We search for intelligent alien life in the vast reaches of the universe, but right here on Earth, an intelligent lifeform has roamed the ocean for millions of years: whales. Long before I was a writer, I was a marine biologist. I researched humpback whales around Maui, Hawaii, and orca whales around the San Juan Islands of Washington State. In Hawaii, I drove a Zodiac inflatable boat in search of singing humpback whales. It was a magical and otherwordly experience. The pinnacle of it all was when swimming in the ocean, I came eye-to-eye as a whale sang a powerful song.
Humpback whales in the warm waters of Hawaii: Mate and create new life
Humpback whales are amazing creatives. After feeding and packing on the pounds in the waters around Alaska in the summer months, humpback whales make a very speedy trek across the Pacific Ocean to Hawaii. To get to Hawaii, they travel 3,000 miles, swimming nearly 100 miles per day. During this trip, humpback whales move so fast that they barely eat any food, relying on the stores of fat on their body from the Alaskan feeding to provide the fuel along the way.
Right now, in December, is when many of the humpback whales first arrive at the Hawaiian Islands. It’s a magical time.
Why do humpback whales make the trip to Hawaii? They come to the warm waters of Hawaii to mate and create new life. Late November to early May is the humpback whale breeding season in Hawaii. Male and female humpback whales unite and mate, and then the females give birth to baby humpback whale calves. The mother humpback whales nurse and guide their calf until around April or early May. Then, all the humpback whales make the trip back to Alaska, repeating the cycle every year.
Why do Humpback whales in Hawaii sing their songs?
We didn’t even get to the most amazing thing about humpback whales yet: their elaborate songs. Male humpback whales sing songs throughout the breeding season. These songs are a mixture of high and low-pitched sounds. Sometimes the songs that male humpback whales sing are unique, but usually, the songs are similar amongst whales. Often, throughout each breeding season in Hawaii, the songs follow a common theme and pattern. It’s kind of like the “popular” song of the season.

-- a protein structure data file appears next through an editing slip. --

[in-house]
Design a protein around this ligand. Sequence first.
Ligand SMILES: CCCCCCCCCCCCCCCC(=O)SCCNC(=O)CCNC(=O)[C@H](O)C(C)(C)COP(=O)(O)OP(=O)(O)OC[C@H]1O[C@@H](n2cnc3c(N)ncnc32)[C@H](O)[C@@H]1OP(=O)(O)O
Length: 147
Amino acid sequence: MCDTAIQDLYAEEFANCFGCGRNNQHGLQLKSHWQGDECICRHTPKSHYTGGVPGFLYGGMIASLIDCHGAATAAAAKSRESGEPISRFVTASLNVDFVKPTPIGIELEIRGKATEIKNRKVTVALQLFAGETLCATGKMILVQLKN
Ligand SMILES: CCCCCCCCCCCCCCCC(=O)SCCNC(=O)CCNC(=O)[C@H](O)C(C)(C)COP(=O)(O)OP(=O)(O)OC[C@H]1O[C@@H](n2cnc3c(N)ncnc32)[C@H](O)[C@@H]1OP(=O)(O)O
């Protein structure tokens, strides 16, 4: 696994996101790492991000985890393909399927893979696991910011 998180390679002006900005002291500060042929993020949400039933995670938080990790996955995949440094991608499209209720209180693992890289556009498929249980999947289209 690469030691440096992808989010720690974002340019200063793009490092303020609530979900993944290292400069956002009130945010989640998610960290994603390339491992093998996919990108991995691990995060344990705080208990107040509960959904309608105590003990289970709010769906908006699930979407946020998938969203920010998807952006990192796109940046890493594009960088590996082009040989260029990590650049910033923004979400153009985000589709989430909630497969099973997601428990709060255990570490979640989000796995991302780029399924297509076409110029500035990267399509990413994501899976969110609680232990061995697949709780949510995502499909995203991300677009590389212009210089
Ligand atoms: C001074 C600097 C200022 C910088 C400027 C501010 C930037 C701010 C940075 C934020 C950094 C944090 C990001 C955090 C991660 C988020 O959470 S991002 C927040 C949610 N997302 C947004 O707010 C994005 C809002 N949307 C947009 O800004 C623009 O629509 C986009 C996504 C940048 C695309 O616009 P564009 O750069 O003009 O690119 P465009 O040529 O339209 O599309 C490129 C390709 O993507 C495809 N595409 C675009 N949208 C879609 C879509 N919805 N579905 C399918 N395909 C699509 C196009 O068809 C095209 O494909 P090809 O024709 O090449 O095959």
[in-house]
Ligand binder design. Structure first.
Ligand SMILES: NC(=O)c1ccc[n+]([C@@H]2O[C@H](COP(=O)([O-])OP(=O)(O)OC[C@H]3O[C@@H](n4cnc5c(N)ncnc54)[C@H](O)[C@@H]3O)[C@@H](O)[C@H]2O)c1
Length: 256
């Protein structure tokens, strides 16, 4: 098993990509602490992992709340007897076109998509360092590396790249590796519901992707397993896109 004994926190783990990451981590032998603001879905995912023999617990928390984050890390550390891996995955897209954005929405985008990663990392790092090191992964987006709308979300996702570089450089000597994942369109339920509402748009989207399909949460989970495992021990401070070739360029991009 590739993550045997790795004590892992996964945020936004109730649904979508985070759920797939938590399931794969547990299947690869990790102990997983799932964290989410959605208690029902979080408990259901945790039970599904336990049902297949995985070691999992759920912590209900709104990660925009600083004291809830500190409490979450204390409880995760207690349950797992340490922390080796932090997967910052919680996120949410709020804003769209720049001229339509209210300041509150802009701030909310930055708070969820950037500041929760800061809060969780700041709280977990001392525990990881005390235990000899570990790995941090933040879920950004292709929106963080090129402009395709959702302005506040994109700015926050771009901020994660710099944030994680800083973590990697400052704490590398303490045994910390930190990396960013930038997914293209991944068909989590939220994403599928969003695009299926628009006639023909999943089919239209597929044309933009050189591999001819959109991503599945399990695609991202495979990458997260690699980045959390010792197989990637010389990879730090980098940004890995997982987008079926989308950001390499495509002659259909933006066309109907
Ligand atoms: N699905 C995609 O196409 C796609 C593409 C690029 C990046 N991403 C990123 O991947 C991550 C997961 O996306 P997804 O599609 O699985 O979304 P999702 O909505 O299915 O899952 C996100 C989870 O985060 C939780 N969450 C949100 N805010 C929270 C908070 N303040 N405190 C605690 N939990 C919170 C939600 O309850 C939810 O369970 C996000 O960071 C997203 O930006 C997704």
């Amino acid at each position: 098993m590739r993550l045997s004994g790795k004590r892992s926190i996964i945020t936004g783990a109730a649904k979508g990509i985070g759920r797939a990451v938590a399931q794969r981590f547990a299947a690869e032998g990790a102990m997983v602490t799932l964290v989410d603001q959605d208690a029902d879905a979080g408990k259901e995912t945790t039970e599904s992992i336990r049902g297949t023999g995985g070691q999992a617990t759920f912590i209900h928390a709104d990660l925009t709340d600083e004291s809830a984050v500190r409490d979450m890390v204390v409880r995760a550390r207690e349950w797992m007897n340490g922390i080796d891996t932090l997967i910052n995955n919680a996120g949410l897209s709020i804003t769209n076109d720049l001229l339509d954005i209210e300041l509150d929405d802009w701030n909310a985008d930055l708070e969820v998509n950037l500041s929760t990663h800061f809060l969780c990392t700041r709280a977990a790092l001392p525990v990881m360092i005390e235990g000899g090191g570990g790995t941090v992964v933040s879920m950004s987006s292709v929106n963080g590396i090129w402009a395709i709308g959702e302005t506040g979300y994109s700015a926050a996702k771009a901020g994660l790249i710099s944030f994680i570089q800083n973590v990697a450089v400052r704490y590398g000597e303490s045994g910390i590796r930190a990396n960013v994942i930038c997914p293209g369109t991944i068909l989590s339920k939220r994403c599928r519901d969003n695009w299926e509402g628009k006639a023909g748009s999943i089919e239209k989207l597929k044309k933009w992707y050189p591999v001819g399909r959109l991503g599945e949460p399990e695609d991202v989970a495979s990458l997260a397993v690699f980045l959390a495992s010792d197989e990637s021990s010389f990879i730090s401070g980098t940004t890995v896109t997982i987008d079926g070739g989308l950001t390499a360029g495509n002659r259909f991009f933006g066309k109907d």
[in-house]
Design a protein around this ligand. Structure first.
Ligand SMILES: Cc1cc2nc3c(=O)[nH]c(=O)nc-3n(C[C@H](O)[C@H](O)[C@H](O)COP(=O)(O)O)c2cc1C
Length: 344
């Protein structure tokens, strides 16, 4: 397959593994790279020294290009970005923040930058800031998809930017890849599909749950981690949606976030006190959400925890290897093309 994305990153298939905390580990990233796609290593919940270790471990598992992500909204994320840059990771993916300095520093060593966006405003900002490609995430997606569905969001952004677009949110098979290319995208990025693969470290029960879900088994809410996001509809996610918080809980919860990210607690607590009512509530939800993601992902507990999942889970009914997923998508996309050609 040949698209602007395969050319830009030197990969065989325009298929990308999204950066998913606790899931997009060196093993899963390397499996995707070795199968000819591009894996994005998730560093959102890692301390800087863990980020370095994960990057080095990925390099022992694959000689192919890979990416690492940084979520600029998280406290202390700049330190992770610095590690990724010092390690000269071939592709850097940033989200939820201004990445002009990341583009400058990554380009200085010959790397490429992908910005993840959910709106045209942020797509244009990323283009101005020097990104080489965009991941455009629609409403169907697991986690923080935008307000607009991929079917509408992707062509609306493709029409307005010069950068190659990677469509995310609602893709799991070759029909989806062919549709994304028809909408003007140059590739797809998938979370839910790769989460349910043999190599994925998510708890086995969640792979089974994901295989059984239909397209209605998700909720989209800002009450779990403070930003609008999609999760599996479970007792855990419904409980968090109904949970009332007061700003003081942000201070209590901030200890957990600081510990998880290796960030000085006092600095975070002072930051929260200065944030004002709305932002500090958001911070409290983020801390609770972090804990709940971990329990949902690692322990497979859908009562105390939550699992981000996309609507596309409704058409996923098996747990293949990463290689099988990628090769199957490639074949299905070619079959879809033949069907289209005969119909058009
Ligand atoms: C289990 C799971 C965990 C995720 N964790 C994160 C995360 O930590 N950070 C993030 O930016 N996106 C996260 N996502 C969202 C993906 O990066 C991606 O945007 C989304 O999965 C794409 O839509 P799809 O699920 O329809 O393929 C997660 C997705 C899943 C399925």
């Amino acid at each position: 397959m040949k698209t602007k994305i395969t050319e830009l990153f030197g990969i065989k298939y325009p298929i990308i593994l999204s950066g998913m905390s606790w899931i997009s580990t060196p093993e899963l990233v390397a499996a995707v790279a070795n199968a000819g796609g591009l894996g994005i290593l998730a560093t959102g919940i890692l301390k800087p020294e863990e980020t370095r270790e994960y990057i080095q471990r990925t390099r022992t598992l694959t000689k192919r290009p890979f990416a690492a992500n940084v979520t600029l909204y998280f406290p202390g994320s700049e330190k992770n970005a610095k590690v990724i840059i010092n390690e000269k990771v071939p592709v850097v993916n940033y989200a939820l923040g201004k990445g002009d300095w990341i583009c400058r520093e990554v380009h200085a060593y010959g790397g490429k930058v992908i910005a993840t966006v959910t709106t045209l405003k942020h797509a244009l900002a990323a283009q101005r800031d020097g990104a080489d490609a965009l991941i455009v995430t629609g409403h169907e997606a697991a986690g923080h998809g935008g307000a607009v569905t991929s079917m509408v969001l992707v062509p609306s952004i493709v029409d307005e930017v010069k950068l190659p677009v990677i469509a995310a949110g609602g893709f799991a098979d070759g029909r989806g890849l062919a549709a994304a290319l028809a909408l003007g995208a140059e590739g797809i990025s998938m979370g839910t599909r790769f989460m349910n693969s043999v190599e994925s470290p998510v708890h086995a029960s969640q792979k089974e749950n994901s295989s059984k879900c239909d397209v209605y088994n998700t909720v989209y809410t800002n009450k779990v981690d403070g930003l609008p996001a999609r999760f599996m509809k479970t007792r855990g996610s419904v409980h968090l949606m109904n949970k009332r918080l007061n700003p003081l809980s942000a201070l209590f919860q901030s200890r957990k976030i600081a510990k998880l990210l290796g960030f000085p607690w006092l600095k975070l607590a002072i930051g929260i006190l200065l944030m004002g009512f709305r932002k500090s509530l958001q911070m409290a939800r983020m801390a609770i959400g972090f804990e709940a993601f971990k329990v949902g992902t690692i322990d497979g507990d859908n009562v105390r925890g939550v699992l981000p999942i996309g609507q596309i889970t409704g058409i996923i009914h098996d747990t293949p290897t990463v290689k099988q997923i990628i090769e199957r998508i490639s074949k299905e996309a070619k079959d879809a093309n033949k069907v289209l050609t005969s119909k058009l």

Songs and whale communication were my marine biology specialty. I researched whale communication for humpback whales around Hawaii and orca whales around the San Juan Islands. In the waters around Maui, Hawaii in 1998, I worked on a research project with the Pacific Whale Foundation, driving a Zodiac inflatable boat in search of singing humpback whales. Once we found the singing humpback whales, we recorded their songs with a hydrophone — or underwater microphone.
Whale communication is far more complex than most people realize. Tens of millions of years before the existence of humans, whales communicated to each other in intricate ways, and they still do it today. I aimed to understand what whales communicate to each other and why they do it.
Why do humpback whales in Hawaii sing? It’s still a mystery, but there are some possible explanations. One possibility is that male humpback whales may warn other males to keep their distance while they court a female. A more likely explanation, though, is that the male humpback whales sing their songs to attract a mate — wooing a female with a song. Also, they may sing to attract a group of female humpback whales to a group of males — a humpback whale courtship party with musical accompaniment.
Another theory is that humpback whales use the songs as an echolocation device to find other whales. So, the humpback whales sing their songs to scare away other males, attract females, invite females to a courtship party, or to find their way. That sounds quite similar to many human songs, doesn’t it?
Zodiac inflatable boat: The Land Rover or Jeep of the ocean
For those of you unfamiliar with Zodiac inflatable boats, they are kind of like the Land Rovers or Jeeps of the ocean. Zodiac Nautic is a French company that dates back to 1896. Zodiac inflatable boats are very durable and maneuverable — and with their air reserves, are nearly unsinkable.
With these capabilities, Zodiac inflatable boats are the small boat of choice for militaries, explorers, marine biology researchers, whale and dolphin watching excursions, divers, and watersports enthusiasts in over 90 countries around the world.
Breaching humpback whales near the Zodiac inflatable boat
In addition to the songs, there are a couple of other unique aspects of humpback whales. One is their distinctive tail flukes. Another reason we drove the Zodiac inflatable boat in search of humpback whales around Maui was to take photographs of the tail flukes of humpback whales. Like a human fingerprint, each humpback whale tail fluke is unique. It is the best way to identify individual humpback whales.
The other unique thing about humpback whales is their acrobatic breaches. They shoot out of the water, twist and spin in the air, and then crash back down into the ocean. We would see the humpback whales breach from time to time, but one day was especially prolific.